Principles of Adult Learning

Modern workforces can run across a number of generations, which may create some interesting challenges when designing and implementing a training program on your LMS.  The CEO of a company, however, doesn’t need to get a tattoo scrawled on her or his arm to understand the generational differences.   There is nothing more embarrassing than a Baby Boomer trying to be relevant to a Millennial through language and look.

Here are the generational styles of working in a nutshell to help you out.  They come from an HR company working with Princeton University in the U.S.  Below are their observations about work styles across the generations:

  • Veterans (Born 1930-‘45) Prefer detailed direction and guidance
  • Baby Boomers (Born 1946-‘64) Work best in teams and ask for guidance
  • Gen Xers (Born 1965-’76) Independent and work best alone
  • Gen Yers (Born 1977-1990) Respond well to workplace structure and coaching
  • Millenials (Born 1991 and after) Digital natives who rely on social networking

More important than the work styles may be how each generation communicates.  According to Carebridge, veterans prefer formal styles of communication like memos; email and instant messaging works with Boomers;  while Gen Xers, Yers, and Millenials appreciate texting and social networking.  In terms of feedback the younger workers like immediate feedback to know if they are tracking with organisational goals, while Boomers want the pay rises and promotions.  Veterans reportedly work according to the “no news is good news” credo.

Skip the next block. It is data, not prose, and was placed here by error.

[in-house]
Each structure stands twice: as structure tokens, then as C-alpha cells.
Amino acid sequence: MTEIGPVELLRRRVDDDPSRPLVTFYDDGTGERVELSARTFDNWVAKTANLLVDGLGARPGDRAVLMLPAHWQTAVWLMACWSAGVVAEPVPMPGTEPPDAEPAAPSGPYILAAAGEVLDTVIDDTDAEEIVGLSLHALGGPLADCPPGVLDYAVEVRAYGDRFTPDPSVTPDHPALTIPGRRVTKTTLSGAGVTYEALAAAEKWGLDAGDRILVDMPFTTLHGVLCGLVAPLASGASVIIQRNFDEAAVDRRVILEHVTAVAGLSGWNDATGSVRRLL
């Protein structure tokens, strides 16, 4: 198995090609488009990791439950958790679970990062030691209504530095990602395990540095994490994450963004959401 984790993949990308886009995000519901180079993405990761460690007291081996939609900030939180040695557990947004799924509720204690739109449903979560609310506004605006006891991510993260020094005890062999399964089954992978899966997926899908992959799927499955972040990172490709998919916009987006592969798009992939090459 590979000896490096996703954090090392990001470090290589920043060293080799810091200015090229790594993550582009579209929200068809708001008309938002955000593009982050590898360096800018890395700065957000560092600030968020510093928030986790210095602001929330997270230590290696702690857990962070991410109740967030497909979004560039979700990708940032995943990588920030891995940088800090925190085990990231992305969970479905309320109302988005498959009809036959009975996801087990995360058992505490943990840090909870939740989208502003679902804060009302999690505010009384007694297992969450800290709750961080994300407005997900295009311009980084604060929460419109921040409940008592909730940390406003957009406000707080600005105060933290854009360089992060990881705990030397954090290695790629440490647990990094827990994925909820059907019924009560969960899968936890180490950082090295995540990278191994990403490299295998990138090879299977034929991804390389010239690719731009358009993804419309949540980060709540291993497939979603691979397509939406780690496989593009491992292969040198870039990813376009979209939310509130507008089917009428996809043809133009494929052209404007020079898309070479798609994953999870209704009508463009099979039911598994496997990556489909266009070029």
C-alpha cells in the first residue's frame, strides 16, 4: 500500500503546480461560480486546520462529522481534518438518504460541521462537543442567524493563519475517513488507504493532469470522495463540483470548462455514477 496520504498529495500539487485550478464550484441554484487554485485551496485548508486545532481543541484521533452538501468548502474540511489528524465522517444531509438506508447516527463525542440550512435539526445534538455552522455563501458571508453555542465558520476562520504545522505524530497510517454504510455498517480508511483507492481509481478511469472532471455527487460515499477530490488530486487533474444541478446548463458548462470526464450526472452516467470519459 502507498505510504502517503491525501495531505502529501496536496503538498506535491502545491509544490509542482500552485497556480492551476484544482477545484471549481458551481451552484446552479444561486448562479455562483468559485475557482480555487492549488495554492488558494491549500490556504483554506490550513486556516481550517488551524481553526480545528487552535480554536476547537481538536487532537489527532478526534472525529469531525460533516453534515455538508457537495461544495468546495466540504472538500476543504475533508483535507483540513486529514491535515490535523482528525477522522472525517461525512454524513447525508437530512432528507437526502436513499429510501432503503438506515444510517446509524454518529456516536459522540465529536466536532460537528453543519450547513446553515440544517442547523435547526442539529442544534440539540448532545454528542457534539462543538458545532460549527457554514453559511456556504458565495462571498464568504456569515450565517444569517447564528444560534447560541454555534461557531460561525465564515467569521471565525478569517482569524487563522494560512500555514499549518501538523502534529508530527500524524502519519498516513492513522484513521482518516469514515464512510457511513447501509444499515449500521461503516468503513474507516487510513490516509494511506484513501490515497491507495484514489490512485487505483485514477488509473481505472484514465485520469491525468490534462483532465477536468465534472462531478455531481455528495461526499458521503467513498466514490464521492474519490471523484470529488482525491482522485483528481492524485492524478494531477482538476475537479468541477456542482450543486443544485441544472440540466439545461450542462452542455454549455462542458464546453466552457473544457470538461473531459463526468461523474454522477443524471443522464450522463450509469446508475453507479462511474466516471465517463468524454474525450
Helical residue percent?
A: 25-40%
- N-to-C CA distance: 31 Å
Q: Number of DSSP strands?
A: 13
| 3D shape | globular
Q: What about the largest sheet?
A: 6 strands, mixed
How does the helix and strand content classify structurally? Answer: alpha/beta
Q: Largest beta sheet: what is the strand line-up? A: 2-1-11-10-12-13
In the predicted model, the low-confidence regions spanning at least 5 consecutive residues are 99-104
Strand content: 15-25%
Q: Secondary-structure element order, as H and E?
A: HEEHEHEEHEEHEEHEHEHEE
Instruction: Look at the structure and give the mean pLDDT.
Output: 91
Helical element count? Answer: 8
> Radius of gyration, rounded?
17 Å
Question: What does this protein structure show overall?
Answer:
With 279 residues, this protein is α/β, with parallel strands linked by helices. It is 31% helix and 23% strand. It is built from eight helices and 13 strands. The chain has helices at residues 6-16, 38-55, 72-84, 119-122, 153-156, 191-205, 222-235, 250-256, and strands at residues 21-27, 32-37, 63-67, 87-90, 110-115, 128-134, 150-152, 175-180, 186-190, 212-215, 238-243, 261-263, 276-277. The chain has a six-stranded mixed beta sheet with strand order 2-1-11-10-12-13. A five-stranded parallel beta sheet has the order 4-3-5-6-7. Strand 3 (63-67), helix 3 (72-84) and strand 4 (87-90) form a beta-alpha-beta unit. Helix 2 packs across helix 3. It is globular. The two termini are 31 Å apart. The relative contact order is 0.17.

Of course, all these are convenient labels. Not everyone can be shoehorned into a convenient category but these generalisations do have a lot to do to adaptive behaviour to changing technology.

However there are some guiding principles when dealing with adult learners that have achieved currency among L&D managers and researchers and they should be kept in mind when dealing with any age group.

  • Adults are internally motivated and self-directed so a course should have clear goals and assessments.
  • Adults bring life experiences and knowledge to the learning table so they may have to be nudged toward new learning experiences and outcomes.
  • Adults are goal and relevancy oriented. Any learning materials should reflect field work examples and goals through real case studies.
  • Adult learners want to be respected so feedback should be encouraged constantly.

The truth is many of these adult learning principles run across generations.  Who doesn’t like immediate feedback and respect?  And why can’t a Millennial appreciate a case study approach to learning?   Not everyone learns by playing the Game of Thrones, although adults can appreciate it much as their younger peers.